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By Sari Harrar

Good Housekeeping Magazine Logo

Spinach, broccoli, Brussels sprouts — don't say "ugh!" until you've tasted our makeovers, all designed to help you eat up and slim down.

When's the last time you cooked cabbage for dinner? Or served beets? If you're as scared of these veggies as your kids are, blame Mother Nature: The very phytonutrients that make some vegetables so healthy are what give them that bitter taste.

The good news: Good Housekeeping 's food director went to town on six muchreviled vegetables — beets, broccoli, Brussels sprouts, cabbage, eggplant, and spinach — to trick your taste buds into liking (and maybe even loving) them. Her fiberpacked dishes will help you lose weight — especially if you use them to replace junk food; volunteers at Pennsylvania State University who swapped some highcal, highfat foods for veggies lost 40 percent more than those who didn't. Ready for some new family favorites? Read on.


ter taste comes, in part, from chlorogenic acid, which helps prevent cancer and can also keep heartthreatening plaque from building up. What's more, lab studies show that eating eggplant lowers cholesterol and helps artery walls relax, which can cut your risk for high blood pressure.

Makeover: Slowroast eggplant to mellow its acrid flavor. Fresh herbs also helped mask the taste. Or to bring out its sweet side, you can grill the veggie.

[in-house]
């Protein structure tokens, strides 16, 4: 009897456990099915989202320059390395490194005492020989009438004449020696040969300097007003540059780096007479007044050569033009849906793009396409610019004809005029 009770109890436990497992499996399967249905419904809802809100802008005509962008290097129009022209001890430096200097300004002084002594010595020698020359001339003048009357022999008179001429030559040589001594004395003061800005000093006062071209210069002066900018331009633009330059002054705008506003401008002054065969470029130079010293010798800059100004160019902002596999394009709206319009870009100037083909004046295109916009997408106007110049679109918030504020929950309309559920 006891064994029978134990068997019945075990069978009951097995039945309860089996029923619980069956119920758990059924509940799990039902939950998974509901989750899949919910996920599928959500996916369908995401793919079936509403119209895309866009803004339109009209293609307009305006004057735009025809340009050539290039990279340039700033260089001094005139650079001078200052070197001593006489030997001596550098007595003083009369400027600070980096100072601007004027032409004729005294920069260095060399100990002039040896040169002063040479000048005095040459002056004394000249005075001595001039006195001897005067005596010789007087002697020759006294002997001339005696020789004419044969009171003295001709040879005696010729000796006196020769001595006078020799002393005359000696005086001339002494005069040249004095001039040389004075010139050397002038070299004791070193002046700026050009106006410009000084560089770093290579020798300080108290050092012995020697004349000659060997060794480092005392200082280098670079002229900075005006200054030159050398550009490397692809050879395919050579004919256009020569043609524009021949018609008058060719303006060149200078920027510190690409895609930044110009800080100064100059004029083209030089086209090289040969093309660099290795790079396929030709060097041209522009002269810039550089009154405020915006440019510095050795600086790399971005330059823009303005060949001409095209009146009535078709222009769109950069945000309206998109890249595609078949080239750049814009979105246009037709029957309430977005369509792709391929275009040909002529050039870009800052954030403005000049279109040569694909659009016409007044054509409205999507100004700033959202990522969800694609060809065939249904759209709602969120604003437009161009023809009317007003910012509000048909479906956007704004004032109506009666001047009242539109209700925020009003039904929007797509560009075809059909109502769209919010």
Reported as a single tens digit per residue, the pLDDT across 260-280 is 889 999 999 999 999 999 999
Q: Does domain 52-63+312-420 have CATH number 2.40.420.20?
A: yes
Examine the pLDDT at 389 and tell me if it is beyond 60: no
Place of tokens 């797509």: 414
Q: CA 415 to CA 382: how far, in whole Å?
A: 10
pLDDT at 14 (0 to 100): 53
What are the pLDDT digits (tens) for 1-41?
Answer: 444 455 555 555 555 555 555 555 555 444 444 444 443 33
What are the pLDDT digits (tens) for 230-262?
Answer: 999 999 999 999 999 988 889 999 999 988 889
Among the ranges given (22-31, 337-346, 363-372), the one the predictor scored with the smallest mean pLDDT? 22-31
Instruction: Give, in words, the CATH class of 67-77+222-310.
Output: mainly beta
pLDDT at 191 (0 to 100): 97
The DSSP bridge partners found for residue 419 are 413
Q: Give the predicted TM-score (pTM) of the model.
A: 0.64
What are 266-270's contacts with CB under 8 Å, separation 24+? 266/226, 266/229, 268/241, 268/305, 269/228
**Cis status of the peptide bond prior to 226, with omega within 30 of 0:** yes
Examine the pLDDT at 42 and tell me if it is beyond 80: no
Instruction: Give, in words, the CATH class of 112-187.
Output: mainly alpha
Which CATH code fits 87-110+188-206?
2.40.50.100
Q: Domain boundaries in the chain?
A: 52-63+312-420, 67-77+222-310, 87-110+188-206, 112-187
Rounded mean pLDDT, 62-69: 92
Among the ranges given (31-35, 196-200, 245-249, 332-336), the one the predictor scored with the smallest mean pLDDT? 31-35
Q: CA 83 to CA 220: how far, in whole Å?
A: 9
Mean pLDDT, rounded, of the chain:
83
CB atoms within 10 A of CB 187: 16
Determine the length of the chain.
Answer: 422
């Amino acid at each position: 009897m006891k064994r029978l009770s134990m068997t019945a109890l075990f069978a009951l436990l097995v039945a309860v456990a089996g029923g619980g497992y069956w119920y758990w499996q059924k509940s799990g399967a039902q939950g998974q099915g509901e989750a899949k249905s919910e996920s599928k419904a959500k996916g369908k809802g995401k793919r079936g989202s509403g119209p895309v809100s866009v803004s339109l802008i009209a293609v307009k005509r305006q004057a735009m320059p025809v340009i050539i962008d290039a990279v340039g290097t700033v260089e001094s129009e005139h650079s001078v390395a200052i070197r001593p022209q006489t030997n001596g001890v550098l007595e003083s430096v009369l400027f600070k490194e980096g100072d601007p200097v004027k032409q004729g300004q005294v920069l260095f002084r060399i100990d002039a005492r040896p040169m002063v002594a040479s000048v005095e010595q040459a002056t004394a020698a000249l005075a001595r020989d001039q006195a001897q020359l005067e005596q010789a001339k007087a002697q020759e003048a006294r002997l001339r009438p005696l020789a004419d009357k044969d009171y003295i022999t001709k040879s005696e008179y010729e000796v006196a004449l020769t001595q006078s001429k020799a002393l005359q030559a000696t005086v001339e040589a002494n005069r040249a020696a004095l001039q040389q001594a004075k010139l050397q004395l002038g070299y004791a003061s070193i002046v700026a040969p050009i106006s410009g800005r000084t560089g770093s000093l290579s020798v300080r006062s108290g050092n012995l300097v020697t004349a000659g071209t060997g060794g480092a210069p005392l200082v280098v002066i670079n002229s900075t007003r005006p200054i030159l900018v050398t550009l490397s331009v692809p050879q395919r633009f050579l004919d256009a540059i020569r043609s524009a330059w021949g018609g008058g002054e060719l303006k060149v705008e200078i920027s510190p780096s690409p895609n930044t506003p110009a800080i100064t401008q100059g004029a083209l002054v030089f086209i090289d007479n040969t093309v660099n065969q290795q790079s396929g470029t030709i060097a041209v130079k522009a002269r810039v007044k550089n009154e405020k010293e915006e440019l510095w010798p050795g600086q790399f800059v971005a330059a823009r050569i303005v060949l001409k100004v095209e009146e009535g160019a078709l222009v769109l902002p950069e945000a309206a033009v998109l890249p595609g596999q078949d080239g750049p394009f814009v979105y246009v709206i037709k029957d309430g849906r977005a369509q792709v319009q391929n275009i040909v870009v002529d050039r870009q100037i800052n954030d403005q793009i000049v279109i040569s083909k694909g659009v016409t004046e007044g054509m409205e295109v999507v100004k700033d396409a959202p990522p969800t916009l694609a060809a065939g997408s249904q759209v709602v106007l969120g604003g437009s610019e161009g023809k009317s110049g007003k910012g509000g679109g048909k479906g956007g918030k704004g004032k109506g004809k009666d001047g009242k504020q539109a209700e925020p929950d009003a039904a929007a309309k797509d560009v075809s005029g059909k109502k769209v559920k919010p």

Eating it a few times a week can cut your risk of breast, lung, and colon cancers. In one study of 300 Chinese women, those with the highest levels of cancerfighting isothiocyanates — found in cabbage — had a 45 percent lower risk of breast cancer than those with the lowest levels.

Makeover: To mask the musty taste of red cabbage, mix it with pasta, raisins, ground clove, and apple juice. Chopped fruit and caraway also hide the pungent flavor.


A super source of vitamins C and K (one cup has more than a day's worth of each), broccoli also helps ward off cancer. Sulforaphane, one of its compounds, disarms cancercausing substances. In lab studies, a different compound, called indole3carbinol, prevented tumor growth in animals.

Makeover: Mash together broccoli florets and potatoes for a decadent Broccoli Gratin with Parmesan topping. Since there's no cream or butter, calories are low — about 95 for half a cup. You can also shred and sauté broccoli stems with carrots and nutmeg to wipe out any bitter flavor.

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